“The prophets and priests are frauds, every one of them. They have treated the wound of my people carelessly, saying “Peace, Peace,” when there is no peace” -Jeremiah 6:14
“I am poured out like water, and all my bones are out of joint. My heart is like wax, it is melted within my breast. My mouth is dried up like a potsherd, and my tongue sticks to my jaws. You lay me in the dust of death.” -Psalm 22:14-15
“Peace I leave with you. My peace I give you. I do not give to you as the world gives. Do lot let your hearts be troubled, and do not be afraid.” -John 14:27
“Christ is our peace. In his own body of flesh and blood he has made both groups one, and has broken down the dividing wall of hostility.” -Ephesians 2:14
“Peace I leave with you, my peace I give to you,” according to the Gospel of John this was part of Jesus’ last blessing of his disciples.
The prophet Isaiah, many generations before, shared a vision for what is possible when that peace that Christ embodied is unfurled across the entire world: “Justice will dwell in the wilderness, and righteousness shall abide in the fruitful field. The effect of that righteousness – the effect of a right relationship with God and with each other – the effect of that will be peace, the result of righteousness is quietness and trust forever. My people will live in a peaceful environment, in safe homes, and in quiet resting places.”
This vision, is the vision of Holy Shalom. “Shalom” is the Hebrew word that often gets translated as “Peace.” If you look at all the ways the prophets and Jesus talk about and live out this Holy Shalom, we can say it means “Peace” in the fullest sense: Peace. Wholeness. Well-being. Fulfillment. Social harmony. Justice. Wisdom in how power is used. Prosperity for all. Health in body, mind, society and soul. Harmony with God and harmony with one another. What can we say but “Amen!’ May it be so. May it be so. May we know that it can be so, with God, the true God, at the center. But we have to also confront how often it is not so. How often it is true what Jesus said, that this Shalom we find through Christ is not like what the world gives. These days, oh these days, we have been feeling the grief, the heartbreak, of how far we are from living out the peace of Christ – the grief upon grief caused by violence in this world, the acts of violent men that have shattered the peace and wellbeing of so so many. I want to honor the feeling of helplessness about this. Helplessness in the face of unspeakable violence and loss, on such a scale in Las Vegas, especially piled onto all the other acts of violence we’ve grieved these few years, that helplessness is what’s most crippling about this grief.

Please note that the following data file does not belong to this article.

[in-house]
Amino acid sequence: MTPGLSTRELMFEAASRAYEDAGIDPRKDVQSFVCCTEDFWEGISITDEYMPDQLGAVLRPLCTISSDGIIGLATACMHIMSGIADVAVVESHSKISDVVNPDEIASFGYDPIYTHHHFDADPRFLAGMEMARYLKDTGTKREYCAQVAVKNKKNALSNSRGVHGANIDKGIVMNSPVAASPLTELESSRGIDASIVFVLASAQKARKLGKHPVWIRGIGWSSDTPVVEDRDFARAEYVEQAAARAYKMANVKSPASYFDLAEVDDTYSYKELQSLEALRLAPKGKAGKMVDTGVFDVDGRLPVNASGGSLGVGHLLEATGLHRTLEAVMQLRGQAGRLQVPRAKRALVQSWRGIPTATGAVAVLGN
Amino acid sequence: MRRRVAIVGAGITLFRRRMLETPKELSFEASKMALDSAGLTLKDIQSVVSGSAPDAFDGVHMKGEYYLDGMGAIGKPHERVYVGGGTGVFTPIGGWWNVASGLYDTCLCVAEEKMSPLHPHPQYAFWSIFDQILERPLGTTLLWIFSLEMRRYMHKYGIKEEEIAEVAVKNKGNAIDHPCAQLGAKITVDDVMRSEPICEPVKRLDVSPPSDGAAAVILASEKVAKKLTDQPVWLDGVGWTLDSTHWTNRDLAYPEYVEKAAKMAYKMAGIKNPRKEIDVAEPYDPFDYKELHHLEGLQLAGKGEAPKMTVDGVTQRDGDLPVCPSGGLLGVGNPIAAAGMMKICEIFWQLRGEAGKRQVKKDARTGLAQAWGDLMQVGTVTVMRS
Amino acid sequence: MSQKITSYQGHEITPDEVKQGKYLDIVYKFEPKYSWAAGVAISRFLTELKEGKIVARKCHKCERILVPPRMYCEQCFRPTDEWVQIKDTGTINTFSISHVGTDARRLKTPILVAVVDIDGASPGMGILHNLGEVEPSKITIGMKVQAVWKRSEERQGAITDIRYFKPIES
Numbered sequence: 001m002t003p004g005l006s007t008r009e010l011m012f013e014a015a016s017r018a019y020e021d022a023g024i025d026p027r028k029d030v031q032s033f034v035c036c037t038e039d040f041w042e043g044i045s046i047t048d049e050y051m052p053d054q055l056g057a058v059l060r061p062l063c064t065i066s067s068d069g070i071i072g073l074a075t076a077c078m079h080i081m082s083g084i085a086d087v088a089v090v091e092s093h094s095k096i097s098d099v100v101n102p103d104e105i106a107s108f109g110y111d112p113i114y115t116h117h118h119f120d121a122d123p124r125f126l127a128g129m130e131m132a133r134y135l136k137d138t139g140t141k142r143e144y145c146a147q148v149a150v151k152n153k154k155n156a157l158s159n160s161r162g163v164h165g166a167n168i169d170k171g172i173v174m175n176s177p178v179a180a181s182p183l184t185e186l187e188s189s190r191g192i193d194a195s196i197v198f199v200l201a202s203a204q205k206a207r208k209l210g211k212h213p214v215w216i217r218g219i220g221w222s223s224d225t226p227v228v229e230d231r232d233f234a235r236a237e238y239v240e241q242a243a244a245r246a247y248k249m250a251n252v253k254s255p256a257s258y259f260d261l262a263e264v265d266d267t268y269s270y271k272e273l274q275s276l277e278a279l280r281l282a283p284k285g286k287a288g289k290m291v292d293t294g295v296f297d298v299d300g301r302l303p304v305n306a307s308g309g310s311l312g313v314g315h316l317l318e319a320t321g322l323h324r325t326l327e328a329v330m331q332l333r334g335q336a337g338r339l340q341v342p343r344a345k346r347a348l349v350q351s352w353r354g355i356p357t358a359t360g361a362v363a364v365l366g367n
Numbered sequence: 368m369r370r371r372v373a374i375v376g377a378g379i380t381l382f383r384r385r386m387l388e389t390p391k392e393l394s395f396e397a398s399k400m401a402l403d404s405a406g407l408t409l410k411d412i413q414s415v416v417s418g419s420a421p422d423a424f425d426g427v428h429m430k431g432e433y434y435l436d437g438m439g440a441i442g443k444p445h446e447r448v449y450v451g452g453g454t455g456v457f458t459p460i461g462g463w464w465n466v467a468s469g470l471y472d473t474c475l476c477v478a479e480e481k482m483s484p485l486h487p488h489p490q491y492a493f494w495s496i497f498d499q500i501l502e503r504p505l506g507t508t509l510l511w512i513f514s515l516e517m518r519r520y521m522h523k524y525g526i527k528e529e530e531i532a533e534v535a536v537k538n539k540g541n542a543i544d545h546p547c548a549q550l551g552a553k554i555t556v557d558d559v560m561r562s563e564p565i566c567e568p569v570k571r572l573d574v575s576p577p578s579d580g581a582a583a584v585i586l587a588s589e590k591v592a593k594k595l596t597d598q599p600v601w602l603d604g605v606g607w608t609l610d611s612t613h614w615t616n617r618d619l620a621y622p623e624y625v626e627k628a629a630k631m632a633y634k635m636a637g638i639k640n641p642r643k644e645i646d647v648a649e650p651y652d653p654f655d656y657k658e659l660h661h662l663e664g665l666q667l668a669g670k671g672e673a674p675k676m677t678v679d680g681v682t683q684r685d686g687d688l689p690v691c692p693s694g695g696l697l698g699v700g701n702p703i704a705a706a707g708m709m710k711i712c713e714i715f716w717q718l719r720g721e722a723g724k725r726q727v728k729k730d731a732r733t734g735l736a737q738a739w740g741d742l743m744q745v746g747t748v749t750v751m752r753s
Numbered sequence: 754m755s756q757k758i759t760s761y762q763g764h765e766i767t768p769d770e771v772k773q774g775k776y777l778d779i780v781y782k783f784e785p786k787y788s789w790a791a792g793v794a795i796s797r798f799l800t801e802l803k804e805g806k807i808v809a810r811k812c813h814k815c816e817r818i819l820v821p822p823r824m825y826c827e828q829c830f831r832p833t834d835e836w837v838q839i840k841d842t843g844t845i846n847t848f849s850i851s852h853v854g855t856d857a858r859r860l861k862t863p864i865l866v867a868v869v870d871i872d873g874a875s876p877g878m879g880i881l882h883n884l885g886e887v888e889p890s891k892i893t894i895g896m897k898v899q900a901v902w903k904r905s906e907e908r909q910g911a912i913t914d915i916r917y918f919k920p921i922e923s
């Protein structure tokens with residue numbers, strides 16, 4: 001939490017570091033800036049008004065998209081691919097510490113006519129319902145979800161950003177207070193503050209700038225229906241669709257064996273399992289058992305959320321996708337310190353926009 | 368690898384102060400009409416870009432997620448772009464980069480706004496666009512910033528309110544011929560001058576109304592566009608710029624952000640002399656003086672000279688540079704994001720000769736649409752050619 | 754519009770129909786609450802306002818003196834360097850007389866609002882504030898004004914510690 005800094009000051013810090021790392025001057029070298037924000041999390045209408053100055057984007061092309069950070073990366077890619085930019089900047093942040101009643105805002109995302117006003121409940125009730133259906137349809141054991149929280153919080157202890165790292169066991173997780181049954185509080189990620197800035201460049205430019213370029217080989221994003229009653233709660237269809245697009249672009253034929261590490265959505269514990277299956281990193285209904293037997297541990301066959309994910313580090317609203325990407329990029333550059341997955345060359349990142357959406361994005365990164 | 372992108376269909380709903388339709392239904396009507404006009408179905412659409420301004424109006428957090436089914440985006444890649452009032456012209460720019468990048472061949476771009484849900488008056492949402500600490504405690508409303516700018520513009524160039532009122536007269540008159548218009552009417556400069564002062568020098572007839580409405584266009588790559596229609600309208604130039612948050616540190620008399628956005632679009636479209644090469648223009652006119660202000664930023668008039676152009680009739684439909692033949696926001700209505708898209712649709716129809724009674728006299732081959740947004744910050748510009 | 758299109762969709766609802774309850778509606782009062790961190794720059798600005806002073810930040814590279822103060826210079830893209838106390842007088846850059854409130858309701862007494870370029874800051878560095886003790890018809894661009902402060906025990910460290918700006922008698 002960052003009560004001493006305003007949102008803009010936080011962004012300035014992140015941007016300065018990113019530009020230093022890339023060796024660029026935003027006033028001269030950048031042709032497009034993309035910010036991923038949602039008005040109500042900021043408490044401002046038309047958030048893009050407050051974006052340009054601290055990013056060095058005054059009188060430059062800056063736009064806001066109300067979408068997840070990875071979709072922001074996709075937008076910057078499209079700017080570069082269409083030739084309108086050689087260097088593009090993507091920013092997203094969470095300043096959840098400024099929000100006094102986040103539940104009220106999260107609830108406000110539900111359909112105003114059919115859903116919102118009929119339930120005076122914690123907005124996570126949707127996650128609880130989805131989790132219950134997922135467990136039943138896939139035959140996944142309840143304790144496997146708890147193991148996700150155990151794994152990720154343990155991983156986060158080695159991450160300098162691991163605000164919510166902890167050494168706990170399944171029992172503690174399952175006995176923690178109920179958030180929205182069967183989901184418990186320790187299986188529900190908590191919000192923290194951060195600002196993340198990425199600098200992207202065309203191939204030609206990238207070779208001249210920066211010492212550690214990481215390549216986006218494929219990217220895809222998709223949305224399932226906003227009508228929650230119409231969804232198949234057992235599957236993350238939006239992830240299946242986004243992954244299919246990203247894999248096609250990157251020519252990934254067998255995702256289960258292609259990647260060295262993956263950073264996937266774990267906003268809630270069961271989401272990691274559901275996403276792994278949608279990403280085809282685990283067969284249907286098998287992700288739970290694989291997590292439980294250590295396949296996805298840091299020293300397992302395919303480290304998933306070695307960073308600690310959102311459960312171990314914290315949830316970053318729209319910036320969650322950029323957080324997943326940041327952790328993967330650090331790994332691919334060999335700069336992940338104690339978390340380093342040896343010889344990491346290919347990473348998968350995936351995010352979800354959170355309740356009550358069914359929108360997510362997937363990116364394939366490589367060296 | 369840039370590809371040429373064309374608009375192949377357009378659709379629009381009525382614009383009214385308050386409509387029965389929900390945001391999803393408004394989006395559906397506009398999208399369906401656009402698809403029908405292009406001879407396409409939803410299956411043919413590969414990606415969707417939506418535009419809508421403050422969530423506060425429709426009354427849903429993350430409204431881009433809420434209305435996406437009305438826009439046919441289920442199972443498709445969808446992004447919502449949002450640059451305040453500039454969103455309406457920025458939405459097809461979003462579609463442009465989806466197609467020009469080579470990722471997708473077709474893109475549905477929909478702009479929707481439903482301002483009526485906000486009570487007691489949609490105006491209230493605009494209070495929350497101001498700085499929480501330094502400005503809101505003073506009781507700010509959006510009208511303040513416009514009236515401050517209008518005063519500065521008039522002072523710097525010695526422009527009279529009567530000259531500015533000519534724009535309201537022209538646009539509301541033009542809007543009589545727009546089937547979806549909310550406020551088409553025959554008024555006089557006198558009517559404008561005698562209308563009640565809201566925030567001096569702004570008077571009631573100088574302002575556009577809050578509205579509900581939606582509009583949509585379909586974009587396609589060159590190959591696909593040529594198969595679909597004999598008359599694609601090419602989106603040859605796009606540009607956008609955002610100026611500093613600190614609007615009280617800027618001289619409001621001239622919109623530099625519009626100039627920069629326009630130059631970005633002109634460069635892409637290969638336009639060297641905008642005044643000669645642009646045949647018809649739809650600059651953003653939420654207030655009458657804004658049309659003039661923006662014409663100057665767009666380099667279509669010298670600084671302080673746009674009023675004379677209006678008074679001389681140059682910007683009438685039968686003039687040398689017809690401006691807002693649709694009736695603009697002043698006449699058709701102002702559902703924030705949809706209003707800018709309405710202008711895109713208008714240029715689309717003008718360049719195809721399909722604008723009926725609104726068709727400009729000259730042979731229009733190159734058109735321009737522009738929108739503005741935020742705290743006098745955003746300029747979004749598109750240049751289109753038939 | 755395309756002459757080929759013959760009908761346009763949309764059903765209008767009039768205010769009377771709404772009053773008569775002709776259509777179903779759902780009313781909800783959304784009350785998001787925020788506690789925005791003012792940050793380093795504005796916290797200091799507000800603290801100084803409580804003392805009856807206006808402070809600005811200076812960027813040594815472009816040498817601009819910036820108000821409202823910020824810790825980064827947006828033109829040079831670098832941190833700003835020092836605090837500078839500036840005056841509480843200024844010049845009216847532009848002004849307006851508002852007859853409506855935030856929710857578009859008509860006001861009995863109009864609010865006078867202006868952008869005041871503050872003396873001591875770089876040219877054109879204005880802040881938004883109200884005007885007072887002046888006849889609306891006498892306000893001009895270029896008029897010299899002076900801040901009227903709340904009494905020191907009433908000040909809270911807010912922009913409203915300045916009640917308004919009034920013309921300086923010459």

I’ve been praying and thinking a lot this week and, well, throughout my life, about what we can do as a church, as a Peace-of-Christ people, to not be paralyzed by helplessness in the face of this violence.
The fact is, there is a lot we can do, that’s helpful. And there’s a lot we already are doing.